Diet pills and supplements are designed to suppress the appetite so you will consume fewer calories. However, as you reduce your caloric intake, your metabolism also slows down. As your metabolism slows, the amount of weight you lose also slows down.
This is why it is common for people to lose only a certain amount of weight while taking diet pills alone. It is not a long-term solution, and the side effects can be serious.
Headaches, nausea and insomnia are some of the more common side effects of diet pills and supplements. Through the Food and Drug Administration, consumers have reported elevated blood pressure due to the over-consumption of diet pills.
In some serious cases, diet pills cause heart attacks and can be responsible for heart failure.
When considering diet pills or supplements, consumers should check the label for approval of the FDA. Diet pills can be habit-forming and abuse of these drugs may lead to dependence.
Before taking any prescription or non-prescription diet pill, you should find out if they are habit-forming and what signs you should look out for to alert you to this problem.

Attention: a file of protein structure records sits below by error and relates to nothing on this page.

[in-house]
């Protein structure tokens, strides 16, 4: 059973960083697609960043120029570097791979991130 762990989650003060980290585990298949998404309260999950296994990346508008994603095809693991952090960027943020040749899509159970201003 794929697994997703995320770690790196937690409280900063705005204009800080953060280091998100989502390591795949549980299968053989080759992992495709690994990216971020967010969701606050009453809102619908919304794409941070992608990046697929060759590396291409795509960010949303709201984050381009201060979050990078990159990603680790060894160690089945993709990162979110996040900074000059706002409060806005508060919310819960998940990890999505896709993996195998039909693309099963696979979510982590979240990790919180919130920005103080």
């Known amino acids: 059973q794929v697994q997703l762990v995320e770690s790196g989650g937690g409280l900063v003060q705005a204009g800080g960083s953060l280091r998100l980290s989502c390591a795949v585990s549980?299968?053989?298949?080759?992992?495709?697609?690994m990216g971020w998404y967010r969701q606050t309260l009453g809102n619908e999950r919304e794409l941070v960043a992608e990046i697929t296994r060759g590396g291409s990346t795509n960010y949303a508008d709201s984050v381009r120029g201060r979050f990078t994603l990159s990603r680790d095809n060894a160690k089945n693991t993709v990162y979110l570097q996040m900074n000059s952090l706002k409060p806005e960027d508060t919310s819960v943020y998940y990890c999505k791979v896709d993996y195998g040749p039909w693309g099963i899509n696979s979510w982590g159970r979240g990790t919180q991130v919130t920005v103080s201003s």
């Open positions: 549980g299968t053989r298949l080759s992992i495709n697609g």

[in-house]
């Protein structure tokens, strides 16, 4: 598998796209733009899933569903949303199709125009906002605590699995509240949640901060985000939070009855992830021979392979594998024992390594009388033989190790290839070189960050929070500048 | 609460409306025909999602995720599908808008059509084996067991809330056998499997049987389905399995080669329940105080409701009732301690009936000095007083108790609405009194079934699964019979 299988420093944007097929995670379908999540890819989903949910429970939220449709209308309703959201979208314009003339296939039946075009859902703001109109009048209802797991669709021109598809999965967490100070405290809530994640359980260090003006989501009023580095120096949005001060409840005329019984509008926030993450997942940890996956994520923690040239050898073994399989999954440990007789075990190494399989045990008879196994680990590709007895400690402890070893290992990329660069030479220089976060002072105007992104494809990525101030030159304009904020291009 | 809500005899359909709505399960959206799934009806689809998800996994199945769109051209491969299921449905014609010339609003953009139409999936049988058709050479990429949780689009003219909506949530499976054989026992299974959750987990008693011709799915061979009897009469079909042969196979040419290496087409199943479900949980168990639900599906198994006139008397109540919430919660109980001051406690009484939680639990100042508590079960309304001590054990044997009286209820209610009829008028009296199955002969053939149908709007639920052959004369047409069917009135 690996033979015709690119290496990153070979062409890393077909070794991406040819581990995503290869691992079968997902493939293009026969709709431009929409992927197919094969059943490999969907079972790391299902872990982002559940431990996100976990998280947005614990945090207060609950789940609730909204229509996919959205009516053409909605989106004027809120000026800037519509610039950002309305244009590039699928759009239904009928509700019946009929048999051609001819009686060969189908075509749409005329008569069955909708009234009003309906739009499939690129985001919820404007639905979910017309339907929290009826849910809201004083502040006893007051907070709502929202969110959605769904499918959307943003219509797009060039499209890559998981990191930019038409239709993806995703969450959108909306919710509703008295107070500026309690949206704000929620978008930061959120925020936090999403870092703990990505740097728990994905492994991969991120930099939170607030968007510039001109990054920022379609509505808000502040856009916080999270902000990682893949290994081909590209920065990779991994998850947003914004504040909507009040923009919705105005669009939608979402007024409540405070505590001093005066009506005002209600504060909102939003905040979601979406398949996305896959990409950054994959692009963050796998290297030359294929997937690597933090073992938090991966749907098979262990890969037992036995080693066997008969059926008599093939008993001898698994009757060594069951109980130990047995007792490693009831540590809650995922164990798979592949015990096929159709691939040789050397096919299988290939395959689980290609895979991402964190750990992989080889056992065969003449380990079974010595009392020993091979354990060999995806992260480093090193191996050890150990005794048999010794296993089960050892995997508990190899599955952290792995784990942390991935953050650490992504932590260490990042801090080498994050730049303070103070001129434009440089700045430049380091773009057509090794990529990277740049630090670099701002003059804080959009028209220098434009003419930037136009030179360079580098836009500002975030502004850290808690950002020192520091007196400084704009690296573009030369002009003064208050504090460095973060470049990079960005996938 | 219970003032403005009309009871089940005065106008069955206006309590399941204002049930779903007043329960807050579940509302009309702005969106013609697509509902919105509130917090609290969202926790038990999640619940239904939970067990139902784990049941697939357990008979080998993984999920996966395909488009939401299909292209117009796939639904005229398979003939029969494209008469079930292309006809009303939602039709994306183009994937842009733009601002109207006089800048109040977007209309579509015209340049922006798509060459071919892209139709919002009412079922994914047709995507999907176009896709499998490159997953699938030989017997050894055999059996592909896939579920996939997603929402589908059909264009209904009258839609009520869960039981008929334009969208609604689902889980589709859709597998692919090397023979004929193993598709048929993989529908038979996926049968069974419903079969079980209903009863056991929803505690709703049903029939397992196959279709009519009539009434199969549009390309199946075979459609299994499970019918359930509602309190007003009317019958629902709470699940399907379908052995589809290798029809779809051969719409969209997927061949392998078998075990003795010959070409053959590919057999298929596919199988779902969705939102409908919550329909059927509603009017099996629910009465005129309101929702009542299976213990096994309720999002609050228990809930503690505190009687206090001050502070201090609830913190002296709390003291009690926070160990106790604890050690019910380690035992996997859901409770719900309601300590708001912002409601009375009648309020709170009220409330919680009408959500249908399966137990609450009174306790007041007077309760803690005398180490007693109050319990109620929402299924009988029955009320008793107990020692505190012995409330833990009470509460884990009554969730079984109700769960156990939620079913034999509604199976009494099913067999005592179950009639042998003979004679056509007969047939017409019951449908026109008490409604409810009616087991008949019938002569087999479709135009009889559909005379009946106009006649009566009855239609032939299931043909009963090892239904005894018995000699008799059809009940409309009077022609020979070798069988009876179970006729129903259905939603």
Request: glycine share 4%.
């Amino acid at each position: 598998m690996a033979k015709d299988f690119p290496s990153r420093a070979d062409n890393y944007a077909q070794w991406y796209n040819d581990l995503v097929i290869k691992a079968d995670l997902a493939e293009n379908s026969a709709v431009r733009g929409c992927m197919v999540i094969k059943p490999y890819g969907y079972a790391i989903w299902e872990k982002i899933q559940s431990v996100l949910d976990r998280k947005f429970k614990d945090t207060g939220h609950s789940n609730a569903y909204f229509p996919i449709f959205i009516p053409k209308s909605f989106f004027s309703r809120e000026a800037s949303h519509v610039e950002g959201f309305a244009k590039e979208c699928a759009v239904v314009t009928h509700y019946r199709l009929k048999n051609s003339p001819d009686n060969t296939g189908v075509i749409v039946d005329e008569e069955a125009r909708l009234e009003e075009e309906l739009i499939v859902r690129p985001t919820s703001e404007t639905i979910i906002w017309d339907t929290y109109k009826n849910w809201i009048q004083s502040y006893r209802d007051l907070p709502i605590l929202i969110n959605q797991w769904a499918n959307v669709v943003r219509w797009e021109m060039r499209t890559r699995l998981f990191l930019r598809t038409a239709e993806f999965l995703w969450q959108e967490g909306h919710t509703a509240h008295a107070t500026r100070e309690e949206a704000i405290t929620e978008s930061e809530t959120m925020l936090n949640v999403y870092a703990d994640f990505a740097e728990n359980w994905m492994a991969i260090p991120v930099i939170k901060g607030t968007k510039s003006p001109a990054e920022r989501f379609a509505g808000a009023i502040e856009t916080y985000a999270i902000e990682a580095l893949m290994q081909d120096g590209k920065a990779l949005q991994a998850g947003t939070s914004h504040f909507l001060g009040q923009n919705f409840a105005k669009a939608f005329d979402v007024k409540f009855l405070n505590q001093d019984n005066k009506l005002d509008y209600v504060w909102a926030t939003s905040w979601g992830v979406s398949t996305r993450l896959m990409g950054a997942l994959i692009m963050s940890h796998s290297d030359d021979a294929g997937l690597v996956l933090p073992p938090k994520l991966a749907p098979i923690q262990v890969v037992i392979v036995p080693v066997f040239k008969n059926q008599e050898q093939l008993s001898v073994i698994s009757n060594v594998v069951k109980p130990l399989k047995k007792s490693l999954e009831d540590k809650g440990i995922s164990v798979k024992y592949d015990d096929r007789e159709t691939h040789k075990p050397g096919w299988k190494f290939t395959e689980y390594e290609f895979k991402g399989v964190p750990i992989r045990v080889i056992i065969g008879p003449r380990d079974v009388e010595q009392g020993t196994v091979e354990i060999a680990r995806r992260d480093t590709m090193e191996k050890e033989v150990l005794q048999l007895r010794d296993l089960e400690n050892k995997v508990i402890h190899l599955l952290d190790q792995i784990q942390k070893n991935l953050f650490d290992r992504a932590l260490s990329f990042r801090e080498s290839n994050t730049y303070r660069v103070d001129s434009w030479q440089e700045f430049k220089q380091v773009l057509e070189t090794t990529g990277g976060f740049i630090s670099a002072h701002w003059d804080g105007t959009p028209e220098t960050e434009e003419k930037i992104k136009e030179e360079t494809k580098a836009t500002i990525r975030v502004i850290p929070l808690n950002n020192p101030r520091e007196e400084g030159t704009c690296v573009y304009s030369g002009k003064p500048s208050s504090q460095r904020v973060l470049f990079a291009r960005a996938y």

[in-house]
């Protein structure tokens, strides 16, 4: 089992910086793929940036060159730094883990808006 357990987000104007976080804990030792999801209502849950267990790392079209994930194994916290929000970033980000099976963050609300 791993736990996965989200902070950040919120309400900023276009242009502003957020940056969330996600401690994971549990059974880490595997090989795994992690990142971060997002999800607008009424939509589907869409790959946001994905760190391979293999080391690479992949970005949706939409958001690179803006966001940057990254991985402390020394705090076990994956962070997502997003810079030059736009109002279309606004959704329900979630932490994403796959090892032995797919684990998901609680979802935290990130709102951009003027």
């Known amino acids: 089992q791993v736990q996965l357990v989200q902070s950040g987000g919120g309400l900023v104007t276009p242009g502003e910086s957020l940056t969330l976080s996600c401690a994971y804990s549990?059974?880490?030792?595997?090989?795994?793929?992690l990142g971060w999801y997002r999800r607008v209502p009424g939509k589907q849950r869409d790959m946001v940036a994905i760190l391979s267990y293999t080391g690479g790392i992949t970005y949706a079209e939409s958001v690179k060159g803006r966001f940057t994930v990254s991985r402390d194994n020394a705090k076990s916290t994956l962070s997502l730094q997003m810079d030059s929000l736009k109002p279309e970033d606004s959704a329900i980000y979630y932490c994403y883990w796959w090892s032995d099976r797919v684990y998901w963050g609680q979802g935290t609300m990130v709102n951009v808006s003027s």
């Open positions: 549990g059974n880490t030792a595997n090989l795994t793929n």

Discuss your weight loss strategy with your physician or a registered dietitian, who can help you set goals and create a long-term weight loss plan that is safe and effective. By making lifestyle changes such as regular exercise, nutrition changes and regular health checkups, you can greatly increase your weight loss success.
A good way to check whether you are within a healthy weight range is to calculate your ”body mass index” (BMI). BMI is a fairly good indicator of a person’s body fat based on height and weight. It is also used to assess your risk of certain weight-related health conditions.
A BMI calculator can help you determine your status. Click here to take the BMI test: http://www.cdc.gov/healthyweight/assessing/bmi/index.html
- If your BMI is less than 18.5, it falls within the “underweight” range.
- If your BMI is 18.5 to 24.9, it falls within the “normal” or healthy weight range.
- If your BMI is 25.0 to 29.9, it falls within the “overweight” range.
- If your BMI is 30.0 or higher, it falls within the “obese” range.
The Centers for Disease Control (CDC) has an online calculator to provide BMI and the corresponding BMI weight status category. Use their calculator for adults, 20 years old and older. For children and teens, 2 through 19 years old, use the BMI Calculator for Children and Teens.
Take the family to a yoga class. Many local gyms and community centers offer weekend yoga classes designed to help increase muscular strength and reduce tension and stress. Yoga has a low potential for injury, is non-competitive, has spiritual and psychological benefits and a 5,000 year track record. The 84 basic yoga positions, or asanas, range from simple bending and twisting to pretzel-like contortions reserved for the most advanced practitioners.